Omicron BA 2 Rises In The U.S., But Experts Remain Optimistic
According to the Centers for Disease Control and Prevention, Omicron BA 2 accounts for nearly 35 percent of Covid-19 cases in the U.S., a 10 percent increase from the week before, when BA 2 was detected in 23 percent of U.S. cases.
Covid-19 is most prevalent in the Northeast, with more than half of cases occurring in Connecticut, Maine, Massachusetts, and New Hampshire.
However, will the rise of BA 2 in the U.S. – widely anticipated after infection spikes in Europe caused by the omicron subvariant over the past few weeks – have any measurable effect on the country generally, particularly as Americans are just now adjusting to normal routines?
Despite estimates that BA.2 is 30 percent more infectious than BA 2, infectious disease experts remain steadfast in their prediction that the subvariant is unlikely to cause widespread severe illness or overwhelm hospital resources.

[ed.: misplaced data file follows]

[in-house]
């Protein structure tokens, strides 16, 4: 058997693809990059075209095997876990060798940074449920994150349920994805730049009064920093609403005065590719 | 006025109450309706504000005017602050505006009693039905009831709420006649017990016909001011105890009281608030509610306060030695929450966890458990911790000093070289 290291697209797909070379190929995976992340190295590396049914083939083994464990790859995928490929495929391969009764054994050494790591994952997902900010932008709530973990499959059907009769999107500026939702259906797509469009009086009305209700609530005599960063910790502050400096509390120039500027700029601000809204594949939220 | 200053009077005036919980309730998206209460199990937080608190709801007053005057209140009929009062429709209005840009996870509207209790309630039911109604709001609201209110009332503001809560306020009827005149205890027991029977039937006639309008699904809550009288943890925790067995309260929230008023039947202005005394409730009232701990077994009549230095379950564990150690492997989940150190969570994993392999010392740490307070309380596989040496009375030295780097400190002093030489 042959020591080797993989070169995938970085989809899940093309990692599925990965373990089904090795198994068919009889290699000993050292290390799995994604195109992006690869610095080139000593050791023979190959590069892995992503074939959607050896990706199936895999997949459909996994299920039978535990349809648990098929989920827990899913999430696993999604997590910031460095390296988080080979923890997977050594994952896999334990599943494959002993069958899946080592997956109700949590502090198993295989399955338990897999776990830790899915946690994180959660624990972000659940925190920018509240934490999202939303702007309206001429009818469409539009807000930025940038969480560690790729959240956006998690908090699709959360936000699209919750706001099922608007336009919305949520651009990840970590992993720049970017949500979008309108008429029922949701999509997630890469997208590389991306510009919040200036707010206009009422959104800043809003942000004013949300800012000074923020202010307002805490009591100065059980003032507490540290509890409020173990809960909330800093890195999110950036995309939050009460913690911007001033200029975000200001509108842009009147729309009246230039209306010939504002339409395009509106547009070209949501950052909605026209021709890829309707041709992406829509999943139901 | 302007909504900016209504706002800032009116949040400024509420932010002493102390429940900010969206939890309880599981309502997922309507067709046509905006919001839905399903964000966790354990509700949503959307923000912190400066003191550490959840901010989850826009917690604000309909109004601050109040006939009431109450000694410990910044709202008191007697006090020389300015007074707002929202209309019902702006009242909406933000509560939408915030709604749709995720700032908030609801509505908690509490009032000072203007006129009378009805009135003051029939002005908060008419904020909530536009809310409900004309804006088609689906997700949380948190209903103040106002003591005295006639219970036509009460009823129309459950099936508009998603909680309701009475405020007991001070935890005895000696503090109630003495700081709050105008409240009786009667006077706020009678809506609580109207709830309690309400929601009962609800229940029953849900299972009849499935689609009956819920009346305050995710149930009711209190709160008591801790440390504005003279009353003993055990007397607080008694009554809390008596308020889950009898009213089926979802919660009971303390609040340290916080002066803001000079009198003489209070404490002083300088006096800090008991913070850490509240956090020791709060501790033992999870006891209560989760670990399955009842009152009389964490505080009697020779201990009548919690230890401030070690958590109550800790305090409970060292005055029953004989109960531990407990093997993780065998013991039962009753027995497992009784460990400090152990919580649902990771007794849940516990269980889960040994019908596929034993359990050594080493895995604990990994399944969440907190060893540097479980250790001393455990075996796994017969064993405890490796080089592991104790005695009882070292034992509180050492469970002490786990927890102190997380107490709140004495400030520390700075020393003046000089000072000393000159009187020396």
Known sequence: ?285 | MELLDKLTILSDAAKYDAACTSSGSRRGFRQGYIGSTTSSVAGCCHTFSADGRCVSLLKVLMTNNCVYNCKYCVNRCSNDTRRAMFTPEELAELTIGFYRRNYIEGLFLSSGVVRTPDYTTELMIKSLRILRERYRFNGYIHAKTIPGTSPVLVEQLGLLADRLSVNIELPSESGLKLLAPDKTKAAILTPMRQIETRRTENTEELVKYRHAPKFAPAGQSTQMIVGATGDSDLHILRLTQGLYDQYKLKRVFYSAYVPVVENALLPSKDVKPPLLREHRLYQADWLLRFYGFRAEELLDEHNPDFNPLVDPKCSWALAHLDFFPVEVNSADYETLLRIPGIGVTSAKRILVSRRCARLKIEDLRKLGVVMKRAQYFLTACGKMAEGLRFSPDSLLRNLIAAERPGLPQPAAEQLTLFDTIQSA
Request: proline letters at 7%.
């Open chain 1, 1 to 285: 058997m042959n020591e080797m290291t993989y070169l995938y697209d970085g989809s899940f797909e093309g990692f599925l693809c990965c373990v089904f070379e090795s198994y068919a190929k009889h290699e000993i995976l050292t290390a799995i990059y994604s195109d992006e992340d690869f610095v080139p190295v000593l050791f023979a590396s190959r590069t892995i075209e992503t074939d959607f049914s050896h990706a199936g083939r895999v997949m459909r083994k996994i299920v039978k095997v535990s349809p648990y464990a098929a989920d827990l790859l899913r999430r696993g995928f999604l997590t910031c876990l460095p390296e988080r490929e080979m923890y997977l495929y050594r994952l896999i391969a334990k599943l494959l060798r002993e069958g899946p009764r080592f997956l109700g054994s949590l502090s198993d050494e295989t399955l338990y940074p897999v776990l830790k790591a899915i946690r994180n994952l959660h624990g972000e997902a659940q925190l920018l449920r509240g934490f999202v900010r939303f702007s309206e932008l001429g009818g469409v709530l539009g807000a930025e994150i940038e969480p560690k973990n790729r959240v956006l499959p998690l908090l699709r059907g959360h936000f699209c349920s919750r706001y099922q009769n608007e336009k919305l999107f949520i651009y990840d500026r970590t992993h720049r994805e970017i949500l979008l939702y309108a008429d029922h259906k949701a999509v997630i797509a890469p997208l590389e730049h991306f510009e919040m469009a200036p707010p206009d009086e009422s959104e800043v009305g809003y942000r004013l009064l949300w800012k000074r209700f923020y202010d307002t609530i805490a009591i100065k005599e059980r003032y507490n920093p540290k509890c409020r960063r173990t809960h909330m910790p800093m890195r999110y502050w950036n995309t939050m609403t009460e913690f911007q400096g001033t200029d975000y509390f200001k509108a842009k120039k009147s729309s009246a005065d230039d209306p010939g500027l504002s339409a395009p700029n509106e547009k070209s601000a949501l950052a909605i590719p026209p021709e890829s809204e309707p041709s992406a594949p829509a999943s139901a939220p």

As Chief Medical Officer for the CDC’s response to Covid-19, Dr. John Brooks stated that while BA 2-related infections may rise, severe disease or deaths related to the subvariant are unlikely to increase.
“Our data indicates it will keep growing,” Brooks said. But there are a few things working in our favor, starting with the recent omicron surge. He said many Americans have been infected with the omicron variant and are therefore likely to have high immunity to its subvariants, including BA 2.